And such faith is not something you drum up within yourself by your own powers. Oh no, you cannot by your own reason or strength believe in Jesus Christ or come to Him. Faith is God’s gift. Faith is God’s action in you. It is all by grace. The Holy Spirit calls you to faith. He calls you by the Gospel. He enlightens you with His gifts in Word and Sacrament. He ties Himself to means so that you always know where to find Him, and where to find Christ and the Father. He ties Himself to the Word and the Sacraments. That is where He gives and strengthens faith. And that is where He sanctifies you and keeps you in the one true faith of Jesus Christ, so that you may have eternal life. Outside of Christ and the Spirit’s work in bringing you to faith, your will is bound. You have no ability to make a decision for Jesus. You cannot choose to believe. So you see, faith is all God’s work. Just as the Father has given you hands to receive His material blessings, hands that you did not earn, hands that you did not choose to grow on your body, hands that God gave you by His grace, so God gives you the spiritual hands of faith to receive His spiritual gifts in Jesus Christ: forgiveness, life, and salvation. Again, it is all by grace.

Faith receives. Faith is the receiving hands. And faith cries for mercy. Faith is that which cries to the Lord for mercy and help in every time of need. Of course, even unbelievers can cry for mercy. And the Lord gives great mercy to unbelievers in this life. All ten lepers cried out to Jesus for mercy. And Jesus cleansed all ten lepers. So what is the difference between the nine unbelievers, and this Samaritan believer? By faith, the Samaritan understands that he has done nothing to earn Jesus’ healing and salvation. The other nine think it is good and right that Jesus should heal them. After all, what did they do to deserve this leprosy? They are good Jews. They follow the Law of Moses. They aren’t like this Samaritan fellow, the odd man out. So upon Jesus’ command, they go and show themselves to the priests. The priests examine them and declare them clean. End of story for those nine. But by faith, the Samaritan understands that he must go not to the Jewish priests, but to Jesus, the great High Priest who will make the once-for-all sacrifice of atonement for his sins. By faith, the Samaritan comes to Jesus and prostrates himself before God in the flesh, giving thanks and praise to his Lord and Savior. And Jesus pronounces him clean, not just of leprosy, but of the vilest and deadliest of all diseases. Jesus pronounces the Samaritan clean from sin!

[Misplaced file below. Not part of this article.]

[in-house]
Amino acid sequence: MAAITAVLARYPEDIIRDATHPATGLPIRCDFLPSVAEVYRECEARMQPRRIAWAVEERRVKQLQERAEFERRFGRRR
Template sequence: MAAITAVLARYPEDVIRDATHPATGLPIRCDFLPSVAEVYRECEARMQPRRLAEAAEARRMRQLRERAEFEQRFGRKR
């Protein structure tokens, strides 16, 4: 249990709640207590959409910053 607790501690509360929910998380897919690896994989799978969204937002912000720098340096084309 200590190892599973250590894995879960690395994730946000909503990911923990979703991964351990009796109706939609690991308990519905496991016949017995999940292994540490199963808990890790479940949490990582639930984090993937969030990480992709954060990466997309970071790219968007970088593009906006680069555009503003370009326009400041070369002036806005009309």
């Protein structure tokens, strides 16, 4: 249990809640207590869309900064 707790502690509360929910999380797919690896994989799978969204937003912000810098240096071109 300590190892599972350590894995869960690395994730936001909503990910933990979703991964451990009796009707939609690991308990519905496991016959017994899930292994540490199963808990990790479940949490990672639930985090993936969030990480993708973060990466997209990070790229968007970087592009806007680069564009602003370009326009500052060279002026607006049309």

Faith receives the mercy of God, and gives thanks to the God of mercy incarnate in Jesus of Nazareth. Beloved in the Lord, you have done nothing to earn the mercy of God in Christ Jesus. You are just like the Samaritan. By faith, you understand that you have not earned your healing from sin. You have no merit or worthiness within yourself by which you are saved. You are a sinner. You have no good works to bring to God in payment for your salvation. You can only bring Him your sin. By faith, you look to Another for mercy, even Jesus Christ. By faith, like the Samaritan before you, you prostrate yourself before the Author of life, the Great Physician, Jesus Christ. You come empty. He fills you. You have nothing to offer but your disease and sin. He heals you and forgives you. Your faith has made you well, nay; your faith has saved you! You have healing from sin. You have peace with God. You are made whole again. “Oh, magnify the LORD with me, and let us exalt his name together. I sought the LORD and he answered me and delivered me from all my fears… Great is the LORD and greatly to be praised in the city of our God!” (Ps. 34:3-4; 48:1 [Introit]).